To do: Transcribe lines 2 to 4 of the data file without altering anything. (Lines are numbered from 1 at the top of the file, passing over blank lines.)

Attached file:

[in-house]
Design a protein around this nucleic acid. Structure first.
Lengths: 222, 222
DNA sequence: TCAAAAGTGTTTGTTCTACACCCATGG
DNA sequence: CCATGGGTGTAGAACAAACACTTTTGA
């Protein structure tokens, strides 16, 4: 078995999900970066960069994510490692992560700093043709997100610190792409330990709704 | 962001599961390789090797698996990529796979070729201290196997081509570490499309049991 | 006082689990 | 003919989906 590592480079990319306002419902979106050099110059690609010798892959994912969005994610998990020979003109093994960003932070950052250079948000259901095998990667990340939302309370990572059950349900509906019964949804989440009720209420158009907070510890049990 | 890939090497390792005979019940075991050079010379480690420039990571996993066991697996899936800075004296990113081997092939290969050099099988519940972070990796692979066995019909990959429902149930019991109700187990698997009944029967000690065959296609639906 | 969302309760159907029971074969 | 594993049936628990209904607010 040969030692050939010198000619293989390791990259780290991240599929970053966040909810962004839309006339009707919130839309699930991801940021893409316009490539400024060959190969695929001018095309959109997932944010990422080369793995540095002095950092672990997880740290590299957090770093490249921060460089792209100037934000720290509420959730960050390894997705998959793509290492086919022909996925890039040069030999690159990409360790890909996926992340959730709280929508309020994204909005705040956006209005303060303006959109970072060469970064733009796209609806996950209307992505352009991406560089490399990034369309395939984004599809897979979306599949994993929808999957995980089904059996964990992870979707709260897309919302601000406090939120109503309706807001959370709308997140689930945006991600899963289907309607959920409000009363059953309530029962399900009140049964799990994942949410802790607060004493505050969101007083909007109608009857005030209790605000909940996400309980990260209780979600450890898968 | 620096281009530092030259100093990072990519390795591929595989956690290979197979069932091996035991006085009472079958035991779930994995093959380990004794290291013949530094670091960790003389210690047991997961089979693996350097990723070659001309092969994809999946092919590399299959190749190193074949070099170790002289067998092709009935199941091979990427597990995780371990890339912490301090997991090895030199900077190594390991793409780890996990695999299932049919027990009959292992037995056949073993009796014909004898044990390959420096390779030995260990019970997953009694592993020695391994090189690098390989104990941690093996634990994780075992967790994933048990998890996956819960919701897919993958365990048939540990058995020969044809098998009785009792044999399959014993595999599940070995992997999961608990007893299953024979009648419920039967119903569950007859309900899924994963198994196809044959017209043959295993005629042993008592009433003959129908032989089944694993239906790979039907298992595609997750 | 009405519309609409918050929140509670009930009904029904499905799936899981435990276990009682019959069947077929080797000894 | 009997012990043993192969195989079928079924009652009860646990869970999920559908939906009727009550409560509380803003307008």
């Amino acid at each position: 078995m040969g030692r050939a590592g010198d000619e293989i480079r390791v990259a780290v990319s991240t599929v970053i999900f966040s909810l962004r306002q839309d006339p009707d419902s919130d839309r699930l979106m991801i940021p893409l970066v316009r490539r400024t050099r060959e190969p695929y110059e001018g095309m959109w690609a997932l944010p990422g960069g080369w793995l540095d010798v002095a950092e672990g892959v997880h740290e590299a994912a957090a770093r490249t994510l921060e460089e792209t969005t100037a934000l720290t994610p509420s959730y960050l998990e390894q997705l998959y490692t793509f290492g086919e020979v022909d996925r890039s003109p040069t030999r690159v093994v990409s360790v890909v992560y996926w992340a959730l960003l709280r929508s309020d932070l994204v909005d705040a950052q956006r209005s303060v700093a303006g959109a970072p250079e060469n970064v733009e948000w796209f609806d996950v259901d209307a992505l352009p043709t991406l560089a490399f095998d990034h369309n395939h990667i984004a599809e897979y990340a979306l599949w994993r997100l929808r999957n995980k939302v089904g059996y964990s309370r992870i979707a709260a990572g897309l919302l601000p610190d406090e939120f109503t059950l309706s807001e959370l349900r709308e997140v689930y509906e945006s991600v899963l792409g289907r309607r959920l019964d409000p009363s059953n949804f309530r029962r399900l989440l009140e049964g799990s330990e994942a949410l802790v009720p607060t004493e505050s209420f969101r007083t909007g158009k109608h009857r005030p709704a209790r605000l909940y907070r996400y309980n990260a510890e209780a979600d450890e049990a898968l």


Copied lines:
Design a protein around this nucleic acid. Structure first.
Lengths: 222, 222
DNA sequence: TCAAAAGTGTTTGTTCTACACCCATGG